Mullah Omar says US fighting a losing war in Afghanistan

Mullah Omar said the West is losing the war in Afghanistan and called on Afghans to repel the "invading infidels".

Afp September 09, 2010
Mullah Omar says US fighting a losing war in Afghanistan

KABUL: The leader of the Taliban said the West is losing the war in Afghanistan and called on Afghans to repel the "invading infidels" as experts urged the US to scale back troops and goals.

Mullah Omar, the one-eyed Taliban leader believed to be in hiding in Pakistan, said on Wednesday that strategists behind the nine-year-old Afghan war realised they were mired in "complete failure".

The United States and Nato have 150,000 troops in Afghanistan aiming to quell the insurgency that began soon after the Taliban regime was overthrown in a US-led invasion in late 2001.

The strategy pivots on a surge of 30,000 extra troops ordered up by US President Barack Obama in December in an attempt to bring a cohesiveness to the battle which military commanders and politicians had said was missing.

Most of the new deployments have headed south to Helmand and Kandahar, heart of the insurgency which is has intensified and spread across the country, notably during the past six months.

As the war becomes more unpopular with the public of the United States and its Nato partners, President Hamid Karzai has moved to open a dialogue with Taliban leaders, setting up a High Peace Council to spearhead the task.

The Taliban have said they will not enter into peace talks until all foreign troops have left the country, and have deftly used Obama's announcement that US forces will begin drawing down next year in their anti-Western propaganda.

Omar's message, emailed to international news organisations, came as the Islamic world prepared to mark Eidul Fitr, the feast ending Islam's Ramadan fasting month.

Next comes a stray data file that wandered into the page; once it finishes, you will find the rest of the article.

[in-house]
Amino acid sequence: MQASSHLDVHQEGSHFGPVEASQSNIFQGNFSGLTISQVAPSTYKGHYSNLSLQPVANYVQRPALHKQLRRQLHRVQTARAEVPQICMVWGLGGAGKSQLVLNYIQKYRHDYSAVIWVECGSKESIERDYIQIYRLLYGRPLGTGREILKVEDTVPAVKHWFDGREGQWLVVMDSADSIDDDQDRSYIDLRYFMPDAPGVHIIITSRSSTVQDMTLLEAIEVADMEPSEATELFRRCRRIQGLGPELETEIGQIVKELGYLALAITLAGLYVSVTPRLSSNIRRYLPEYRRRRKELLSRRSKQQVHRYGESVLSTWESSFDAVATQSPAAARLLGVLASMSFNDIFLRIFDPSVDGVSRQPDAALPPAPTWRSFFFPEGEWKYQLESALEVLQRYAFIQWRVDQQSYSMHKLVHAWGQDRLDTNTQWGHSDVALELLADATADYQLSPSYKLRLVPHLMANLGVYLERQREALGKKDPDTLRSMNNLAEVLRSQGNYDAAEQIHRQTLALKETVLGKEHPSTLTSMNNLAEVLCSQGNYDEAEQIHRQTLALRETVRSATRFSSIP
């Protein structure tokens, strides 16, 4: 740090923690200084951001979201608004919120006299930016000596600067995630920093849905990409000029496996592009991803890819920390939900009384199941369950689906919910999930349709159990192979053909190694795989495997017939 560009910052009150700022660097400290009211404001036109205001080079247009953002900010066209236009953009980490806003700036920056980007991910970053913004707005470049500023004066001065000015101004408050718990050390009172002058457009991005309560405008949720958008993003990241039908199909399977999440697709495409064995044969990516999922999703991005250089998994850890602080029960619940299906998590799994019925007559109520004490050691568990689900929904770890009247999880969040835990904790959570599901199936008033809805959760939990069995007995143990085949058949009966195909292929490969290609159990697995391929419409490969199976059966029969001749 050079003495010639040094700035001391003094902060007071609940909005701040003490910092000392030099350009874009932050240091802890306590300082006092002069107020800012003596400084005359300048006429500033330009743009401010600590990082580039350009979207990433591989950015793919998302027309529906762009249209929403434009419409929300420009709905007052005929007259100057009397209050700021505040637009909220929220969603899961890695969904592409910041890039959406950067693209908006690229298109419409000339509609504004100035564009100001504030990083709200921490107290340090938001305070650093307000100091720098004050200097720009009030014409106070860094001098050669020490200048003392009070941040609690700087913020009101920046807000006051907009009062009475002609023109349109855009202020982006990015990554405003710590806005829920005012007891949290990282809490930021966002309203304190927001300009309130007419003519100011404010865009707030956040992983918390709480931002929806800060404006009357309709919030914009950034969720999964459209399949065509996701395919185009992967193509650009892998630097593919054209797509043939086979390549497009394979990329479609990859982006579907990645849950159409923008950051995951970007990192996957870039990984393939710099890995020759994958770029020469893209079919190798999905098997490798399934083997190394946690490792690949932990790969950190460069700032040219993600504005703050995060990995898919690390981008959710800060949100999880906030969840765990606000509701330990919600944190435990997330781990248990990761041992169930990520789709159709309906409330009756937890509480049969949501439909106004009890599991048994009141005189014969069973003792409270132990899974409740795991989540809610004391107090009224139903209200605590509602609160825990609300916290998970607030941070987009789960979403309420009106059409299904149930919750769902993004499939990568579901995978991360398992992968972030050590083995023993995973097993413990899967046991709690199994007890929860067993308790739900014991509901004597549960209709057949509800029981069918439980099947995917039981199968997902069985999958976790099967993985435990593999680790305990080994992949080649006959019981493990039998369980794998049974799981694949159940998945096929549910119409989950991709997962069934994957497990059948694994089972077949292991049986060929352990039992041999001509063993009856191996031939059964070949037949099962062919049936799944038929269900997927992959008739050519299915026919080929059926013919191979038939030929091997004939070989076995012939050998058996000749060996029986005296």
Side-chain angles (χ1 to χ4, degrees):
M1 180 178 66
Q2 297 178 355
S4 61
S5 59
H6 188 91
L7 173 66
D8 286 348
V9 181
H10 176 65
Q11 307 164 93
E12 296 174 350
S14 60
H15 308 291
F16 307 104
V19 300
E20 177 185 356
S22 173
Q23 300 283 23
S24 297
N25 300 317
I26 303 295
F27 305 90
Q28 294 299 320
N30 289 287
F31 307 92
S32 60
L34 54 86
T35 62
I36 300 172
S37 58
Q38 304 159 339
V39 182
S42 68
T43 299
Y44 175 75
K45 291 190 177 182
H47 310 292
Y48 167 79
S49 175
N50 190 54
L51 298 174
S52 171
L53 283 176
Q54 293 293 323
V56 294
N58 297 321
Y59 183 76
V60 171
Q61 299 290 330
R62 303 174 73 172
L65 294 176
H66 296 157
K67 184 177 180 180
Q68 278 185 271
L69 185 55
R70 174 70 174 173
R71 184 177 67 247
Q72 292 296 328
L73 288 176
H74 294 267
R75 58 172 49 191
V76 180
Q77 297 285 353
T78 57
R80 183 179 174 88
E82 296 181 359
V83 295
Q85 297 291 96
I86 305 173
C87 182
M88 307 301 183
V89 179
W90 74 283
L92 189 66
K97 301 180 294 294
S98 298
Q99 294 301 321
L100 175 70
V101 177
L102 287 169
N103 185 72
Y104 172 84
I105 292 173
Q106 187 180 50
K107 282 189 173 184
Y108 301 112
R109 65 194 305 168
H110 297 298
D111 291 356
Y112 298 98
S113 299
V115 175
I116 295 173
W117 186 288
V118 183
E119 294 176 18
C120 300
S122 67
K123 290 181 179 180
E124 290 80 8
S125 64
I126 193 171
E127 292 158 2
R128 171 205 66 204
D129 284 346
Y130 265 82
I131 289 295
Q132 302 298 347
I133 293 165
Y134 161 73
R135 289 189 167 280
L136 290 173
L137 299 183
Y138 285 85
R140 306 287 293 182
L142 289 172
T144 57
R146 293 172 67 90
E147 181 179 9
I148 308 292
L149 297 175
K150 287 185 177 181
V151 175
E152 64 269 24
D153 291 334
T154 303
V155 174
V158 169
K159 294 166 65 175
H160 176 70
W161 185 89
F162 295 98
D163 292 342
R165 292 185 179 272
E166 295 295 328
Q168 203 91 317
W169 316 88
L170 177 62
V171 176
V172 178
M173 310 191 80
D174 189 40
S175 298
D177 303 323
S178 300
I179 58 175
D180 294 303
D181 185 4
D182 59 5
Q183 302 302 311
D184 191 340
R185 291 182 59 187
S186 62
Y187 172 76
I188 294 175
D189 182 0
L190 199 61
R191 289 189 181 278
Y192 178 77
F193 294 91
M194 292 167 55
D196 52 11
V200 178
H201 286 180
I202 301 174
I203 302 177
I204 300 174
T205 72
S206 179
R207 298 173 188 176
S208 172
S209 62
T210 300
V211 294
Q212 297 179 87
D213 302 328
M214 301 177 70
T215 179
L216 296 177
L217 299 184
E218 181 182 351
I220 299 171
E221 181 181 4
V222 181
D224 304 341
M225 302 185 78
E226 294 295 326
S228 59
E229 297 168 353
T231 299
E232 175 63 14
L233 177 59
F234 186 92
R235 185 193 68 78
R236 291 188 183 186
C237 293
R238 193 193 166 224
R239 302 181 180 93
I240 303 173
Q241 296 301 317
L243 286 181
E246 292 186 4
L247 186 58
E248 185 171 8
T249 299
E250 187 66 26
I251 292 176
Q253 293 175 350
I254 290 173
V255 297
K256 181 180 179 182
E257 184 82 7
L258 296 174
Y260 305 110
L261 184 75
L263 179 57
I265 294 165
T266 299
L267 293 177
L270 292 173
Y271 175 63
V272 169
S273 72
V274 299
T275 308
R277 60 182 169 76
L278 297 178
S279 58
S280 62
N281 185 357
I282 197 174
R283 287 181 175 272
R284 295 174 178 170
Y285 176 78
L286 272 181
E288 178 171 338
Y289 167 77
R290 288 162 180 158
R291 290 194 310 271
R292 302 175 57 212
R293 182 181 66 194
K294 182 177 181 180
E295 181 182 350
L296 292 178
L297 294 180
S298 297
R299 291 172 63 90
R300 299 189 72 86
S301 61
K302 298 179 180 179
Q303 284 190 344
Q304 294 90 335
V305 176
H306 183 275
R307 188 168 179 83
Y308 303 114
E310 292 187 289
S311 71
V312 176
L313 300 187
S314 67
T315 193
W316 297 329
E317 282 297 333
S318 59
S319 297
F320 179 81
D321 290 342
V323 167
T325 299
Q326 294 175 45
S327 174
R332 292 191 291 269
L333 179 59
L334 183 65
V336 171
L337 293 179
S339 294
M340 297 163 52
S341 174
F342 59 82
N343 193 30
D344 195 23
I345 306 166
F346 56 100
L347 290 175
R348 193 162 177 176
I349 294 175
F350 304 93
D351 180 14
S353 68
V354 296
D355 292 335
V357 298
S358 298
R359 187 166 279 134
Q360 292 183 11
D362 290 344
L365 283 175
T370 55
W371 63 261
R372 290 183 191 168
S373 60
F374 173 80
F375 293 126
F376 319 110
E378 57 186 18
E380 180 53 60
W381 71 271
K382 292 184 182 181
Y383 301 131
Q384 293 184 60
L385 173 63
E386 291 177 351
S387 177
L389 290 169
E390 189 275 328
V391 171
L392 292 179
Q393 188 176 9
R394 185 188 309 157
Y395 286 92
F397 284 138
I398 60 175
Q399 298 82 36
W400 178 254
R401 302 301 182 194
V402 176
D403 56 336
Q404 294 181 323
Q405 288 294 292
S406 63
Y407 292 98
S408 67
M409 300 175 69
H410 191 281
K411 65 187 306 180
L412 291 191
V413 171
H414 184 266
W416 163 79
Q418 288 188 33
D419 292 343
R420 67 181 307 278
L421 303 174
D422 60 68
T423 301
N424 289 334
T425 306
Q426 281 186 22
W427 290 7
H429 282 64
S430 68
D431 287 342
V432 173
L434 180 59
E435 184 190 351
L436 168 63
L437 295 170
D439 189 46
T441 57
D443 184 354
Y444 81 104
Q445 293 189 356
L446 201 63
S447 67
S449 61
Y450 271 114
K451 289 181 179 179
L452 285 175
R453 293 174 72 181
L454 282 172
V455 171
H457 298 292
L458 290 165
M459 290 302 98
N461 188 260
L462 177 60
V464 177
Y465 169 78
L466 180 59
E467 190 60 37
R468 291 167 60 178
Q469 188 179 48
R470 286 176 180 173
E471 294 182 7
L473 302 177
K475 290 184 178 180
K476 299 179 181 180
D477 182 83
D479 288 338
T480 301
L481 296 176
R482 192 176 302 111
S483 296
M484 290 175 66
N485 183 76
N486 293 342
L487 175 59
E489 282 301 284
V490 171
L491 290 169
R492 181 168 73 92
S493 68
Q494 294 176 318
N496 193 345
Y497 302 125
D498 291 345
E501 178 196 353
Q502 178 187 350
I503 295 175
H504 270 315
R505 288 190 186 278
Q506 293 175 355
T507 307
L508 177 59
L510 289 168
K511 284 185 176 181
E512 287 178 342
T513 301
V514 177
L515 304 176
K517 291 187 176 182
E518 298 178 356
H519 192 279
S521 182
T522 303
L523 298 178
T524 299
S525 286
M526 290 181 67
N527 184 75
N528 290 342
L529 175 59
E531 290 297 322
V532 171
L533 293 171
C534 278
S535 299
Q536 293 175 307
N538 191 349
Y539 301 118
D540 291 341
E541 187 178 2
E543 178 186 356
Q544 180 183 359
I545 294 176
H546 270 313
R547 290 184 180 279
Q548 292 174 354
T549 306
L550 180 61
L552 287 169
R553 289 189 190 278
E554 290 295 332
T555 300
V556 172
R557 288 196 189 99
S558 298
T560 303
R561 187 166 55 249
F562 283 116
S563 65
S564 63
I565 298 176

"The victory of our Islamic nation over the invading infidels is now imminent and the driving force behind this is the belief in the help of Allah and unity among ourselves," he said. "Put all your strength and planning behind the task of driving away the invaders and regaining independence of the country," he told Afghan mujahedeen (fighters).

He said that "those military experts who have framed strategies of the invasion of Afghanistan or are now engaged in hammering out new strategies, admit themselves that all their strategies are nothing but a complete failure".

His message came as almost 50 scholars and policymakers issued a report saying the United States should scale back troops and goals in Afghanistan as its military campaign had backfired and had boosted the Taliban.

The study, billed as a Plan B for Obama, said the United States did not need to defeat the Taliban, describing it as a movement with local goals unlikely to regain control of Afghanistan.

The report was offered by participants as "a much-needed rethink on the war in Afghanistan" said Representative Mike Honda, a liberal Democrat from California, whose policy advisor Michael Shank participated in the study.

It said the United States has only two vital interests in the region -- preventing Afghanistan from regressing into a haven for al Qaeda extremists and ensuring the safety of Pakistan's nuclear weapons.

It called on Obama to go ahead or even speed up the July 2011 deadline to begin pulling some of the nearly 100,000 US troops out of Afghanistan, eventually ending all operations in the Pashtun-dominated south.

It follows a call by the International Institute for Strategic Studies for a change in strategy on Afghanistan, focusing on al Qaeda militants and cutting troop numbers instead of pursuing failed attempts at nation-building.

In a report this week, the London-based IISS said foreign forces should pursue talks with local Taliban insurgents, target al Qaeda extremists who pose a global threat, and foster a more federal Afghanistan that recognised the country's ethnic divisions.

"The counter-insurgency strategy is too ambitious," IISS director John Chipman said at the launch of the "Strategic Survey 2010," the institute's annual report on the global security situation.

International forces should return to the original aim of the invasion following the September 11, 2001 attacks -- to dismantle Osama bin Laden's Al-Qaeda network and deny it a safe haven in Afghanistan, it said.


syed | 13 years ago | Reply U.S losing a war in Afghanistan not only says Mullah Omar but also says former top leader of Russia.
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